Abstract 11983: Oral Therapies for Type 2 Diabetes in Combination With Long-acting Insulin and the Risks of Myocardial Infarction and Stroke
Introduction/Hypothesis: The use of oral therapies in combination with insulin for the treatment of type 2 diabetes is common, but the cardiovascular risks or benefits are largely unknown. Among users of long-acting insulin, we conducted a population-based case-control study to evaluate the incident myocardial infarction (MI) and incident stroke risks associated with sulfonylurea and metformin use. We hypothesized that sulfonylurea use would be associated with elevated risk and metformin use with decreased risk.
Methods: Cases were enrollees of Group Health Cooperative (GHC) with type 2 diabetes who used long-acting insulin at the time of diagnosis with a first MI (n=413) or first stroke (n=247) from 1995-2010. Controls (n=443) were randomly sampled GHC enrollees with type 2 diabetes who used long-acting insulin, matched to cases on age, sex, and calendar year. Sulfonylureas and metformin use was classified as current, past, or never using electronic pharmacy records. MI and stroke diagnoses and potential confounding variables were validated by medical record review. Analyses were adjusted for matching variables and cardiovascular risk factors, including smoking, duration of diabetes, blood pressure, and cholesterol.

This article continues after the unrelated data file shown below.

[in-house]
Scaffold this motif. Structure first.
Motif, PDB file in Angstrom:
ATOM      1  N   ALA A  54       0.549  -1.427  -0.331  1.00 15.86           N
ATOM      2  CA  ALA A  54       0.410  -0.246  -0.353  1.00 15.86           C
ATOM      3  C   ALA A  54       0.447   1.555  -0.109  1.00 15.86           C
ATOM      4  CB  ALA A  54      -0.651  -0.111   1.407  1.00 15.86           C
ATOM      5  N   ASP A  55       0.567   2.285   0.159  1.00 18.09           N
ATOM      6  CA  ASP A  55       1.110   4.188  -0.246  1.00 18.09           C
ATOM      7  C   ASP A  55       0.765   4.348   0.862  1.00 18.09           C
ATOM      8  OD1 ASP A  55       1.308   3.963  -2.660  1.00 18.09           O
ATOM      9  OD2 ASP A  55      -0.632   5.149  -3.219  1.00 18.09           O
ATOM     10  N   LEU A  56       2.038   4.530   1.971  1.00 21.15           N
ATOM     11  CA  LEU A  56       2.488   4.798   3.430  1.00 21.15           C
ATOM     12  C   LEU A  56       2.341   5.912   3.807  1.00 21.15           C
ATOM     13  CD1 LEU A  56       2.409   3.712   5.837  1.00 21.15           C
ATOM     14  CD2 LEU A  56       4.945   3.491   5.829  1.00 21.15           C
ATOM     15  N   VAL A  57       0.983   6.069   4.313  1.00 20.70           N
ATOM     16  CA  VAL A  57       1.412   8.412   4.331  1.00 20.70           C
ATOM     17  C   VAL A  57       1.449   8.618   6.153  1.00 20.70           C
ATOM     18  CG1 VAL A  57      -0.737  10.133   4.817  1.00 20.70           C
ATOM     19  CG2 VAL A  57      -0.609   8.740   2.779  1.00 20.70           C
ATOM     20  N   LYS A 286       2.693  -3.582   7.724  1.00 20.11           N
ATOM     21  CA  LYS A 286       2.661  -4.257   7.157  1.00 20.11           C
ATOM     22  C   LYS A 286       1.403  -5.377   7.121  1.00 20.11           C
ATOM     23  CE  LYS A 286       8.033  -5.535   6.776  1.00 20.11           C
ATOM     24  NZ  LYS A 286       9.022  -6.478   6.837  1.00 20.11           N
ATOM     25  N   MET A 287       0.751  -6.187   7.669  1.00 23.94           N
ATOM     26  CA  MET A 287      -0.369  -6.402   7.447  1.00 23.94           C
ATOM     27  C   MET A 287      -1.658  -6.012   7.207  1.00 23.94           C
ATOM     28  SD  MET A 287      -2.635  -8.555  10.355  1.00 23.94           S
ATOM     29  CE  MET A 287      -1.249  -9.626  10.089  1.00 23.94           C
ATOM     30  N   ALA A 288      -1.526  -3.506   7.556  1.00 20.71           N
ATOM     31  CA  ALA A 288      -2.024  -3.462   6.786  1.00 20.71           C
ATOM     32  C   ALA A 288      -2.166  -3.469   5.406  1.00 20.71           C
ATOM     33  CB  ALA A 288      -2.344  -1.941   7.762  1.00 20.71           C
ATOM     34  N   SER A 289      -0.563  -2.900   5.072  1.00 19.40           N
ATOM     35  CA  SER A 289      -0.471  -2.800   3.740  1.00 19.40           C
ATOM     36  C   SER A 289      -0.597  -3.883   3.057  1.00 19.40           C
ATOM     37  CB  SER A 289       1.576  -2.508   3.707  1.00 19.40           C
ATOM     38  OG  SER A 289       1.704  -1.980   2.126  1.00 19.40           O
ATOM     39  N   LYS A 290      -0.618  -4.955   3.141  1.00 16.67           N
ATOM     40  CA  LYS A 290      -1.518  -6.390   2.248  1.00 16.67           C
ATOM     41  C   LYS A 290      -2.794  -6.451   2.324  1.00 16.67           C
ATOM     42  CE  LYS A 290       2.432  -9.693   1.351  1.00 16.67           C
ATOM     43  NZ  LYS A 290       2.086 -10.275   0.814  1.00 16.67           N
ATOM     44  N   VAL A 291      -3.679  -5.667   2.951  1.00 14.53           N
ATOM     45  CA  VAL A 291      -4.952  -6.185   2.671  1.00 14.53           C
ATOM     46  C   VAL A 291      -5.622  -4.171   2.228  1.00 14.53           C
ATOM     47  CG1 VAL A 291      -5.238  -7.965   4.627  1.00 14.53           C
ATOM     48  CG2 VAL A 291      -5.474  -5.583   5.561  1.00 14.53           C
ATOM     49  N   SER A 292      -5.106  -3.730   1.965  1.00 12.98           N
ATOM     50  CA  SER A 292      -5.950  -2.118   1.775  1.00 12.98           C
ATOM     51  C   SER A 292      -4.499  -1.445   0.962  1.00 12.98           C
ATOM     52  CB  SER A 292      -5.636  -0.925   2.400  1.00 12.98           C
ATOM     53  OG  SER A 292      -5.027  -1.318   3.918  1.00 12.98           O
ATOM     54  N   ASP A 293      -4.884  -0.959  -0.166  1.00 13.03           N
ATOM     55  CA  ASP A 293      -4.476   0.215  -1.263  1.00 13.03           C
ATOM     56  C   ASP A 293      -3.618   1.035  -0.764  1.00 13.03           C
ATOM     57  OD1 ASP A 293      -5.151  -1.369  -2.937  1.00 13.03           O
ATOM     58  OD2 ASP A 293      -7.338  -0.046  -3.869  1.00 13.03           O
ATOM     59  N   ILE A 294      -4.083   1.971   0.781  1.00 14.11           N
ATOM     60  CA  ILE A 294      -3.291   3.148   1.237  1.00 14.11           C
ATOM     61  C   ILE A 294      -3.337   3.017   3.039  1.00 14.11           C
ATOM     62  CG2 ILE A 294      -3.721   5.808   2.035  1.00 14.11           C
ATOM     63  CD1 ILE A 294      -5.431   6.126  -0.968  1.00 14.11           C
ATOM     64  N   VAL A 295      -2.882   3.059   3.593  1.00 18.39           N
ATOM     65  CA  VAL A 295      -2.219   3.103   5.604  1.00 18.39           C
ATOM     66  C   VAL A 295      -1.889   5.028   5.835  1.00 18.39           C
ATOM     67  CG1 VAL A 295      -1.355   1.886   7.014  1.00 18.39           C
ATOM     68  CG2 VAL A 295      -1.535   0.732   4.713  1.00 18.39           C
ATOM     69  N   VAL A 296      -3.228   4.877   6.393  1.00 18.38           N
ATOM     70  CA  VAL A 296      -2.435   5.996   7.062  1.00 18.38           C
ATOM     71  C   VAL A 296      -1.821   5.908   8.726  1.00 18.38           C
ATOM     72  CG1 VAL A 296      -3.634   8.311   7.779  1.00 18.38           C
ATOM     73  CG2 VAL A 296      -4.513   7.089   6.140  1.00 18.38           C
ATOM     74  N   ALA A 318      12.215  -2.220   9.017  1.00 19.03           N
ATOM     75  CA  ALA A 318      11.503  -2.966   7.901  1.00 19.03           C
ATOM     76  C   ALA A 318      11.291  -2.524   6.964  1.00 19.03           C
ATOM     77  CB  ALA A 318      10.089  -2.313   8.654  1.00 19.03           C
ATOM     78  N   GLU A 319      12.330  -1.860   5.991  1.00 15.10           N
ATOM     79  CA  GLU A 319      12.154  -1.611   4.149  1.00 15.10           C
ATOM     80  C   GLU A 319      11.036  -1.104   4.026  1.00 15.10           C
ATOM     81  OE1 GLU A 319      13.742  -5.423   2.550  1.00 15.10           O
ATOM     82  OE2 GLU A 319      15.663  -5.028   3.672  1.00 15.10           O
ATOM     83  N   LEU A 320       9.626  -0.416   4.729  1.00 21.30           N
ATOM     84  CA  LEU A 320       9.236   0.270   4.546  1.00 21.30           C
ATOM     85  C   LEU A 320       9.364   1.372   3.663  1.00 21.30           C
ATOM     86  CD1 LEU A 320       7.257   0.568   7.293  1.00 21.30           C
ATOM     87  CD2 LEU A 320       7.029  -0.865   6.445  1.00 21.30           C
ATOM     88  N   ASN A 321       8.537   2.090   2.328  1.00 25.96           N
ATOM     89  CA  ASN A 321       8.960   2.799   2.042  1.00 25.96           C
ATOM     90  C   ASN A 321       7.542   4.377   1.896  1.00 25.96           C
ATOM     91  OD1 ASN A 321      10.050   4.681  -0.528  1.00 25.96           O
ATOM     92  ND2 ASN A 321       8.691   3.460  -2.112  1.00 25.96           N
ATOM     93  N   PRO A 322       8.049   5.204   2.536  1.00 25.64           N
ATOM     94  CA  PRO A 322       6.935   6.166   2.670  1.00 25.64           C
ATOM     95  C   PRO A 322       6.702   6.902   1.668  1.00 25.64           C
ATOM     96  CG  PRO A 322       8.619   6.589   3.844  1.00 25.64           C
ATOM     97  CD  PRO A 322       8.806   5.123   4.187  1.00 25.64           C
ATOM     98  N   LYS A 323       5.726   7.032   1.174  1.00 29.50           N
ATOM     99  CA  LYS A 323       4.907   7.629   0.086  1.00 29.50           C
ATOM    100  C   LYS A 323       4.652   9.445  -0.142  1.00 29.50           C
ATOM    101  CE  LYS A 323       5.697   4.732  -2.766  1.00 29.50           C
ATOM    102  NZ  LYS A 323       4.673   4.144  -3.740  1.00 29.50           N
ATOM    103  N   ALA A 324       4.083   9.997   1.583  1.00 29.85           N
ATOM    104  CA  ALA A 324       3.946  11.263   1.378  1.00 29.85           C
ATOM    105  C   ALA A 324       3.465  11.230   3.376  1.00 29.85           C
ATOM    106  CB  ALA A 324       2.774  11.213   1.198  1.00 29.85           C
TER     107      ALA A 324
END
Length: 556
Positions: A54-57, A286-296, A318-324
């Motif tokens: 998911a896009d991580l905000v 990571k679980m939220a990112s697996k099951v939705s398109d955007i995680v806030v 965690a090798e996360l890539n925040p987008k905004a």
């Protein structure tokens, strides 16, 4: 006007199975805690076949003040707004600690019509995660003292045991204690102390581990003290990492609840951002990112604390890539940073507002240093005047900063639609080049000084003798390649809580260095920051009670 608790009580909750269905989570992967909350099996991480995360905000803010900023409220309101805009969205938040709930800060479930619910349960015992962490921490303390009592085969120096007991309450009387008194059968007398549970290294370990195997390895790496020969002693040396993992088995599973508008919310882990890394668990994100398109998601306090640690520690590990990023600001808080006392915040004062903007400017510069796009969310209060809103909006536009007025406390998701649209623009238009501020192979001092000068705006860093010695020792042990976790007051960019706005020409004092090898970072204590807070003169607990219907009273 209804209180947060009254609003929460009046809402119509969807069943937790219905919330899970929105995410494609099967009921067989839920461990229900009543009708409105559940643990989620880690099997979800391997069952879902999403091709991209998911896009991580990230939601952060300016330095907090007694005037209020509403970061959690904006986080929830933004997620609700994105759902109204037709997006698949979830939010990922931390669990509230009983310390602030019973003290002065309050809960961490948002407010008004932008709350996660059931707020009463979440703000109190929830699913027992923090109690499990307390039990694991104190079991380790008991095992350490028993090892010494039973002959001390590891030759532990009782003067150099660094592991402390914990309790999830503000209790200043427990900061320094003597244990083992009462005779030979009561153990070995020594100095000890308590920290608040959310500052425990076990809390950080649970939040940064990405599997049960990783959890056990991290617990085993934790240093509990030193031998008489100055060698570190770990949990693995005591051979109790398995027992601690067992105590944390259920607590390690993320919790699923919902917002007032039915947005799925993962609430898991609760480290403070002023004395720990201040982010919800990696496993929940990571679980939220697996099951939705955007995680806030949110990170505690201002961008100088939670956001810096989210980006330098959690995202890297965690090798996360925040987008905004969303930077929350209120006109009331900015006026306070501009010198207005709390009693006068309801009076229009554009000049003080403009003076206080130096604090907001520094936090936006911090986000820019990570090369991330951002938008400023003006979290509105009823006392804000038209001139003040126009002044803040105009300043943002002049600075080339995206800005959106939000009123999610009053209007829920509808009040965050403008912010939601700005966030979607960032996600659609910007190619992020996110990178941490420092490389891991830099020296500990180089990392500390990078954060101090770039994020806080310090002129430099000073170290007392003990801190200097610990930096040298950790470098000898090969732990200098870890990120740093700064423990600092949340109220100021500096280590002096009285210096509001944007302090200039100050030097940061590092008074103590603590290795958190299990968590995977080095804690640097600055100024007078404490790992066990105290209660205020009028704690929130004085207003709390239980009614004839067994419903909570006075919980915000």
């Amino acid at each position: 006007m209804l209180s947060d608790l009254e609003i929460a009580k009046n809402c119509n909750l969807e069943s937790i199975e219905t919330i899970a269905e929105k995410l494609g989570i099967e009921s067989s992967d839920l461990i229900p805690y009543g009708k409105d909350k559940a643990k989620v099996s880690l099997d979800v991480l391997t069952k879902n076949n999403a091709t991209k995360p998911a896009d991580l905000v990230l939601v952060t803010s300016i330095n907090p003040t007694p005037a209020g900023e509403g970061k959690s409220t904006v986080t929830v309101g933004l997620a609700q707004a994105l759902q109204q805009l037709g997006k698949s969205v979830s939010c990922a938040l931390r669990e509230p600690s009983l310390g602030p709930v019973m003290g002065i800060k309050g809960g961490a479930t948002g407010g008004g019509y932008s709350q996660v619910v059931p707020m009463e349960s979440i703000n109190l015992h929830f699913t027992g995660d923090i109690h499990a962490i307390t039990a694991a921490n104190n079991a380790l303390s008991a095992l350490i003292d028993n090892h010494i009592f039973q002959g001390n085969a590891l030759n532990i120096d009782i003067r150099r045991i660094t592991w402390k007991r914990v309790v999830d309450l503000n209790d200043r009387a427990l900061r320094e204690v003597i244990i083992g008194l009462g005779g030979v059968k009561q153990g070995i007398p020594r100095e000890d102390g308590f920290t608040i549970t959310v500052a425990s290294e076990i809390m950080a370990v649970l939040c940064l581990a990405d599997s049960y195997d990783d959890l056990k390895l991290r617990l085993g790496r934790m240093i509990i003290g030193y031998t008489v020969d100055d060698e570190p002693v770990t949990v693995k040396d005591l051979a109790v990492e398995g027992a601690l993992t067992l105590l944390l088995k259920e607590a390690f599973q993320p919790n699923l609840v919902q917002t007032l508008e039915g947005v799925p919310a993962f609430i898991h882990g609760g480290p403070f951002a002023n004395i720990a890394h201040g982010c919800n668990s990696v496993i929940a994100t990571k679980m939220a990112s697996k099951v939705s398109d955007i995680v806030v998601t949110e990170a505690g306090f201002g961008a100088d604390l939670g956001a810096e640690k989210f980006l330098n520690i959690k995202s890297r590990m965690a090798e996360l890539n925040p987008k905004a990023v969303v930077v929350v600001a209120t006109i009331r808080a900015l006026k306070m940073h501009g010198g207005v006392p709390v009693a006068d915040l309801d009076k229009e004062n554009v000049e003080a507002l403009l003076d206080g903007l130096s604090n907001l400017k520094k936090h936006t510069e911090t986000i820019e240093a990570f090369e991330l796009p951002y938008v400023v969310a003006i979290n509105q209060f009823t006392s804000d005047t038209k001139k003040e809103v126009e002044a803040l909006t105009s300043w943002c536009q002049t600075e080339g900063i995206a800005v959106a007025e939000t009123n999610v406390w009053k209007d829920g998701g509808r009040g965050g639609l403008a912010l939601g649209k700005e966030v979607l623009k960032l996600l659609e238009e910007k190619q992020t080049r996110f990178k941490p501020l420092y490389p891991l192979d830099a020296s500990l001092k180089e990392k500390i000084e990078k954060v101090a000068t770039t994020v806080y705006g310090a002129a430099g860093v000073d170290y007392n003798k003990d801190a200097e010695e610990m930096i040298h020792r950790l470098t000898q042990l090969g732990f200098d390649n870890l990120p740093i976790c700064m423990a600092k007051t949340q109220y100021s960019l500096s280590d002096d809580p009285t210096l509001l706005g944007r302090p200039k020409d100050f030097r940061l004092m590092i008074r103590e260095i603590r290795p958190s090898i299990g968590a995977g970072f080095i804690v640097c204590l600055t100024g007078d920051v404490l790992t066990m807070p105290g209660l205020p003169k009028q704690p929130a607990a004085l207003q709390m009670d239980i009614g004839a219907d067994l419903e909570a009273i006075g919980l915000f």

Results: Current use of sulfonylureas compared with never use was associated with a higher risk of MI (OR 1.67; 95% CI, 1.10-2.55) but not stroke (OR 1.22; 95% CI, 0.74-2.00). Current use of metformin compared with never use was associated with a lower risk of stroke (OR 0.54; 95% CI, 0.31-0.95) but not MI (OR 0.77; 95% CI 0.44-1.33). Past use of sulfonylureas and past use of metformin were not associated with either outcome. Findings were robust to sensitivity analyses that tested assumptions about eligibility criteria and medication adherence. An unmeasured confounder associated with a 2-fold increased MI risk would have to be present in 70% more current users than never users of sulfonylureas to render the sulfonylurea-MI odds ratio null.
Conclusions: The use of sulfonylureas in combination with long-acting insulin may increase the risk of MI compared with insulin alone. Our study adds to a growing body of evidence that metformin may be an effective cardiovascular disease prevention therapy, even when used with insulin.
Author Disclosures: J.S. Floyd: None. K.L. Wiggins: None. S. Dublin: None. W.T. Longstreth: None. N.L. Smith: None. B. McKnight: None. S.R. Heckbert: None. N.S. Weiss: None. B.M. Psaty: None.
- © 2015 by American Heart Association, Inc.